It is time to do yearend tax planning. We think that it is fair to say this yearend is unlike most other yearends, if not unlike any other yearend.
Several unusual factors affecting tax planning now exist.
• The COVID-19 crisis and its effect on many aspects of our lives, including our finances and our taxes.
• Historically low interest rates that are now prevalent.
• The basic exclusion amount for determining unified credit against Federal estate tax and gift tax at $11.58 million per taxpayer in 2020 and scheduled to be cut in half at the end of 2025.
• Unrecognized capital losses in many investment portfolios.
• The 2020 Presidential election and the candidates’ tax policies, where we will start our discussion.
2020 Presidential Election and Tax Policies
President Trump has not set forth significant new comprehensive tax proposals during the 2020 campaign. While there are many tax provisions in the 2020 COVID-19 relief laws, the 2017 Tax Cuts and Jobs Act (the “TCJA”) is the signature tax legislation of the Trump administration. Most individual tax changes in the TCJA are set to expire after 2025. Mr. Trump has proposed that most, if not all, of these individual tax changes be made permanent.
If elected, Former Vice President Biden is expected to try to end many of these TCJA tax changes early, possibly as soon as 2021. However, Mr. Biden may not act so soon. He certainly would be expected to weigh the effect of repealing TCJA tax cuts on our fragile COVID-19 economy.
Mr. Biden has not released a single formal tax plan, but he has proposed many tax changes. Most, but not all, involve tax increases on individuals with higher incomes, on estates (and their beneficiaries), and on businesses. Highlights of Mr. Biden’s tax proposals include:
For individual taxpayers (and estates) –
• An increase in the top tax bracket from 37% back to 39.6% (the top rate before the TCJA).
• An increase of the tax rate on long-term capital gains and dividends from 20% to 39.6% (the top ordinary income tax rate) on income above $1,000,000. The net investment income tax of 3.8% is added to these tax rates, where applicable.
• Eliminating the basis step-up (or step-down) at death for inherited property.
• Reducing the lifetime basic exclusion amount.
• Imposing the 12.4% social security tax (split evenly between the employer and employee) and self-employment tax on earnings over $400,000. Currently, social security taxes on earnings max out when income reaches $137,700. Note the “donut hole” for income between $137,700 and $400,000.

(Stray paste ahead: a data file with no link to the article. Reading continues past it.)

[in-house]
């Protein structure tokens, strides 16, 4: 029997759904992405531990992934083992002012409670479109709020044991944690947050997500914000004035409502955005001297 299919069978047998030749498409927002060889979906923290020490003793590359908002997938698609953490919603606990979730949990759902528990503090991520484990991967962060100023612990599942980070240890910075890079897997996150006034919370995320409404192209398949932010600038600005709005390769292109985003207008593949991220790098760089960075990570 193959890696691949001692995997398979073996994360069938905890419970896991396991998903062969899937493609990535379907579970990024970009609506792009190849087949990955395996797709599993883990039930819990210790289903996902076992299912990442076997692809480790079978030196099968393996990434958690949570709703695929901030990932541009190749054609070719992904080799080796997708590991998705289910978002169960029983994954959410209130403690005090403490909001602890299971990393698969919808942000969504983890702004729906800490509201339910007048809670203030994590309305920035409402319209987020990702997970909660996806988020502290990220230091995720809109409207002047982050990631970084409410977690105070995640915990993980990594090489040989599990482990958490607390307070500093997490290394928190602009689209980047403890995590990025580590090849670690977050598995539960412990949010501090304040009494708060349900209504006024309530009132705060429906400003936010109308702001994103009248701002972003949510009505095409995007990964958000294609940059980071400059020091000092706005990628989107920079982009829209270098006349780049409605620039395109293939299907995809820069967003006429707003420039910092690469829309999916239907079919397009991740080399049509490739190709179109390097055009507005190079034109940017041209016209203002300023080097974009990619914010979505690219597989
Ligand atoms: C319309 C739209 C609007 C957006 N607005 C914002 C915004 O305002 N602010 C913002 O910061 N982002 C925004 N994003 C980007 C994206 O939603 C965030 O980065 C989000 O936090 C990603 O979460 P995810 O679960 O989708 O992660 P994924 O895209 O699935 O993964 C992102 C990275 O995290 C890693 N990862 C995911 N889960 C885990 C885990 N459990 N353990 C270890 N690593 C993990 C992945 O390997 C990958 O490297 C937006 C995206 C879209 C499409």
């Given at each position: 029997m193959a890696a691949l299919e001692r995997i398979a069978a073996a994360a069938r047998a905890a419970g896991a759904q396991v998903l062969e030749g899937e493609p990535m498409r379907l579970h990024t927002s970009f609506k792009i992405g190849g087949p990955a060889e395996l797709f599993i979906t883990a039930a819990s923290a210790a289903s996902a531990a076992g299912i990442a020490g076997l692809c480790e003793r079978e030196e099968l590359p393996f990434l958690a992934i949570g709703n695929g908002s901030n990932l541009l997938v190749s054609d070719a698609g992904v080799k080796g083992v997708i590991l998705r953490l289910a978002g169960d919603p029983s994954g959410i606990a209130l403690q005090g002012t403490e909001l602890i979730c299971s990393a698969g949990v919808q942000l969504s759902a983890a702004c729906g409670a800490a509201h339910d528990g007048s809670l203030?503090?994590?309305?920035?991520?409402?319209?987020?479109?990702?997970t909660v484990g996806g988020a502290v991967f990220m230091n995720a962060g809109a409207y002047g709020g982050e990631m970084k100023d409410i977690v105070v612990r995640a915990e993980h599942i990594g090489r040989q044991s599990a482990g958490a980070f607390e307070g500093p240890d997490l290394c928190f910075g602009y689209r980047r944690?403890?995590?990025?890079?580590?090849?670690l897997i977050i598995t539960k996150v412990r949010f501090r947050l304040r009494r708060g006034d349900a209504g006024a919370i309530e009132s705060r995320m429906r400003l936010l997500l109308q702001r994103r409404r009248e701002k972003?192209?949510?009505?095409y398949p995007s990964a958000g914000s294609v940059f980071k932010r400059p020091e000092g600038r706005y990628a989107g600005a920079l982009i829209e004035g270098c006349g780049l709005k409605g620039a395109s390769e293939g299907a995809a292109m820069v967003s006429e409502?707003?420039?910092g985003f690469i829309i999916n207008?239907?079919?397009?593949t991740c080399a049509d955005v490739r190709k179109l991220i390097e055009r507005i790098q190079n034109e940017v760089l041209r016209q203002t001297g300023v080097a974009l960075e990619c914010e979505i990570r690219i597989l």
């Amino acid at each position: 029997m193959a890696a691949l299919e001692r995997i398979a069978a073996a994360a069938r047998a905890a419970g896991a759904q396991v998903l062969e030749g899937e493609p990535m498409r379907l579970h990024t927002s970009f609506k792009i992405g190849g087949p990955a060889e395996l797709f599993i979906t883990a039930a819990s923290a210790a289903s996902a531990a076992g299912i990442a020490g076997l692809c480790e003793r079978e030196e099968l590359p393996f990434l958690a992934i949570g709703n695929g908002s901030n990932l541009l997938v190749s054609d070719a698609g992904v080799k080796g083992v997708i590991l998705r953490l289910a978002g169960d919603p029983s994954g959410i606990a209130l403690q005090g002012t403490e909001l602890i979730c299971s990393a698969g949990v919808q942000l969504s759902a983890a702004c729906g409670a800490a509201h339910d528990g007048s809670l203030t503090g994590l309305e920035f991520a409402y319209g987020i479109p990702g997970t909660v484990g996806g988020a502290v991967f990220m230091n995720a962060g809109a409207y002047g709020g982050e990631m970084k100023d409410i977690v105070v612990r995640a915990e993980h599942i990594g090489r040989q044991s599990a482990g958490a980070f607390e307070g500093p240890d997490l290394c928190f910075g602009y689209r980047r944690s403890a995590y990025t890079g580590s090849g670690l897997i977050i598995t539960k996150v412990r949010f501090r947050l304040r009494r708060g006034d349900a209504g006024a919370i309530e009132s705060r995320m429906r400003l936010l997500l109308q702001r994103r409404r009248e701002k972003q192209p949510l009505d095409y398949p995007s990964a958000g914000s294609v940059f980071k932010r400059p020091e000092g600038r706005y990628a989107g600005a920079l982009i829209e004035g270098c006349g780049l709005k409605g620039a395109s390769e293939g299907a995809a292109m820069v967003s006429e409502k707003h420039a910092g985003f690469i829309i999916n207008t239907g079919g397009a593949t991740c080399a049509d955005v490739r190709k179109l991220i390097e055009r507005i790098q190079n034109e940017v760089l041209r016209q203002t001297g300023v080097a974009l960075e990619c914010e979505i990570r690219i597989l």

• Restoring the “Pease reduction” on itemized deductions for taxable income above $400,000.
• Capping the value of itemized deductions at 28 percent for those in higher marginal tax brackets.
• Expanding the child and dependent care credit to $8,000 per child (up to $16,000), and making it refundable and payable in advance
For businesses –
• An increase of the top corporate tax rate to 28% – up from 21% beginning in 2018 (still less than the 35% to rate in 2017 and previously).
• Creating a minimum tax on corporations with book profits of $100 million or higher.
• Phasing out Section 199A, which provides a 20% deduction for income from pass-through businesses, for those earning over $400,000.
• Increasing the 10.5% global intangible low tax income (“GILTI”) tax to 21%.
• Establishing or expanding several tax credits that encourage efficiency upgrades, process changes, and facility retoolings that benefit certain types of communities.
• Ending subsidies (tax incentives) for fossil fuels.
• On September 9, 2020, Mr. Biden proposed a 10% “Made in America” tax credit and a 10% tax penalty for U.S. companies offshoring manufacturing and service jobs and then selling back to the U.S. market.
Enactment of Mr. Biden’s tax plans hinges on the Democrats retaining control of the House of Representatives and gaining control of the Senate. Without this “sweep,” it is highly unlikely that, if he is elected, most of Mr. Biden’s tax plans would materialize as law.
We expect that there will be an overwhelming demand for estate and income tax planning services in late 2020, if Democrats sweep. As Matthew Crow, President of Mercer Capital, has written, “[t]his is a good time to think seriously about estate planning before tax planners become as scarce as toilet paper was in April.” Income tax planners will be swamped, too. It would seem prudent to at least invest in some tax pre-planning as soon as possible, unless you are absolutely certain that a Democratic Party sweep will not happen in November.
Selected Tax Planning Ideas
Following are eight tax planning moves to consider now. (There are quite a few more that could be beneficial. Consult your tax advisor.)